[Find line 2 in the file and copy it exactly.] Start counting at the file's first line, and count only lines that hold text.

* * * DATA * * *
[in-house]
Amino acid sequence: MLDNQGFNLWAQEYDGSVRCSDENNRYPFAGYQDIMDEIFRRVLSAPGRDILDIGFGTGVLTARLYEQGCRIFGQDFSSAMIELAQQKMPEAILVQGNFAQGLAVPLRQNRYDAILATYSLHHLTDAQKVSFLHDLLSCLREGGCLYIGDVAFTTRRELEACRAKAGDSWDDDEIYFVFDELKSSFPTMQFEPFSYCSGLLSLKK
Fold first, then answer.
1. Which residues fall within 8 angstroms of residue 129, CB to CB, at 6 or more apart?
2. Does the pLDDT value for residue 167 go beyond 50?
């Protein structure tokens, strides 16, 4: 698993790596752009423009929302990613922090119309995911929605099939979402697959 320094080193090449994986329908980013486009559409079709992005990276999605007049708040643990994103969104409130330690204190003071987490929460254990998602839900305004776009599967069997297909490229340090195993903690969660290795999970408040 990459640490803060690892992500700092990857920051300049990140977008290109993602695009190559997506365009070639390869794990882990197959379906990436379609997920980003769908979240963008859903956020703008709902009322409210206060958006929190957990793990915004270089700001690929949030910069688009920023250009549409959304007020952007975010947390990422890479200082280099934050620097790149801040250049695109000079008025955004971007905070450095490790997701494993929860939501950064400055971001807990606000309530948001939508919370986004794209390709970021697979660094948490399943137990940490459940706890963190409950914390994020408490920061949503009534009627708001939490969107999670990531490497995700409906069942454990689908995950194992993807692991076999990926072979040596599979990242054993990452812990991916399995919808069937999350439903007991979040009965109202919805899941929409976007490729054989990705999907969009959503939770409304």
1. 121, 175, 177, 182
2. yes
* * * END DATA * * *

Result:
Amino acid sequence: MLDNQGFNLWAQEYDGSVRCSDENNRYPFAGYQDIMDEIFRRVLSAPGRDILDIGFGTGVLTARLYEQGCRIFGQDFSSAMIELAQQKMPEAILVQGNFAQGLAVPLRQNRYDAILATYSLHHLTDAQKVSFLHDLLSCLREGGCLYIGDVAFTTRRELEACRAKAGDSWDDDEIYFVFDELKSSFPTMQFEPFSYCSGLLSLKK